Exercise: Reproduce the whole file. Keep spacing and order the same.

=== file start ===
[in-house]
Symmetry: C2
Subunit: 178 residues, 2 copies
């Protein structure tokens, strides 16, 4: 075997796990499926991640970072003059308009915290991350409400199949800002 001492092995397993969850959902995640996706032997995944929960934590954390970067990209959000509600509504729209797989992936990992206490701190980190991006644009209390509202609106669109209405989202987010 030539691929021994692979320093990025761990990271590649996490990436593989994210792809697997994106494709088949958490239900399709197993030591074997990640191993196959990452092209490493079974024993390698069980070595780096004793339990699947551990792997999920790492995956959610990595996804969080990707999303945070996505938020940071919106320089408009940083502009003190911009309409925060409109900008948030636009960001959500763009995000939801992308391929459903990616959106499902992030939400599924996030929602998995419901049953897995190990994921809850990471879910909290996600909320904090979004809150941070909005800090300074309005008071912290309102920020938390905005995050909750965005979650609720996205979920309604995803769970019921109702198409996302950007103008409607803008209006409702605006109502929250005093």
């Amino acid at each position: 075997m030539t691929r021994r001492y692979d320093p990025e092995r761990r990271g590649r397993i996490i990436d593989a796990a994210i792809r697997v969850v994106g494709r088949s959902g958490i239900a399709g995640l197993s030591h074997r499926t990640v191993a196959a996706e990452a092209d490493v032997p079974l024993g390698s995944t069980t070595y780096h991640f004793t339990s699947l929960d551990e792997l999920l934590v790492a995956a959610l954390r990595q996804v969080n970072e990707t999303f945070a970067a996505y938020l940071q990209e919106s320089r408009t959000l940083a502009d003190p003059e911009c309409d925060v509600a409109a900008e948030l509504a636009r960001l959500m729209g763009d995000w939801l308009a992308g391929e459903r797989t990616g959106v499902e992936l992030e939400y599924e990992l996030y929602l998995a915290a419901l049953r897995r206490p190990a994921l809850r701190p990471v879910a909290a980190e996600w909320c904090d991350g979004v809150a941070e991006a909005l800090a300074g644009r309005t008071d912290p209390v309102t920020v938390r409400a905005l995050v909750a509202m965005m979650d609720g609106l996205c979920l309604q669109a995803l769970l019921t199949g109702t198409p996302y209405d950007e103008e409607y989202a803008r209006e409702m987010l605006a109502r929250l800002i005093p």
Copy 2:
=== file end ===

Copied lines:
[in-house]
Symmetry: C2
Subunit: 178 residues, 2 copies
């Protein structure tokens, strides 16, 4: 075997796990499926991640970072003059308009915290991350409400199949800002 001492092995397993969850959902995640996706032997995944929960934590954390970067990209959000509600509504729209797989992936990992206490701190980190991006644009209390509202609106669109209405989202987010 030539691929021994692979320093990025761990990271590649996490990436593989994210792809697997994106494709088949958490239900399709197993030591074997990640191993196959990452092209490493079974024993390698069980070595780096004793339990699947551990792997999920790492995956959610990595996804969080990707999303945070996505938020940071919106320089408009940083502009003190911009309409925060409109900008948030636009960001959500763009995000939801992308391929459903990616959106499902992030939400599924996030929602998995419901049953897995190990994921809850990471879910909290996600909320904090979004809150941070909005800090300074309005008071912290309102920020938390905005995050909750965005979650609720996205979920309604995803769970019921109702198409996302950007103008409607803008209006409702605006109502929250005093």
């Amino acid at each position: 075997m030539t691929r021994r001492y692979d320093p990025e092995r761990r990271g590649r397993i996490i990436d593989a796990a994210i792809r697997v969850v994106g494709r088949s959902g958490i239900a399709g995640l197993s030591h074997r499926t990640v191993a196959a996706e990452a092209d490493v032997p079974l024993g390698s995944t069980t070595y780096h991640f004793t339990s699947l929960d551990e792997l999920l934590v790492a995956a959610l954390r990595q996804v969080n970072e990707t999303f945070a970067a996505y938020l940071q990209e919106s320089r408009t959000l940083a502009d003190p003059e911009c309409d925060v509600a409109a900008e948030l509504a636009r960001l959500m729209g763009d995000w939801l308009a992308g391929e459903r797989t990616g959106v499902e992936l992030e939400y599924e990992l996030y929602l998995a915290a419901l049953r897995r206490p190990a994921l809850r701190p990471v879910a909290a980190e996600w909320c904090d991350g979004v809150a941070e991006a909005l800090a300074g644009r309005t008071d912290p209390v309102t920020v938390r409400a905005l995050v909750a509202m965005m979650d609720g609106l996205c979920l309604q669109a995803l769970l019921t199949g109702t198409p996302y209405d950007e103008e409607y989202a803008r209006e409702m987010l605006a109502r929250l800002i005093p």
Copy 2: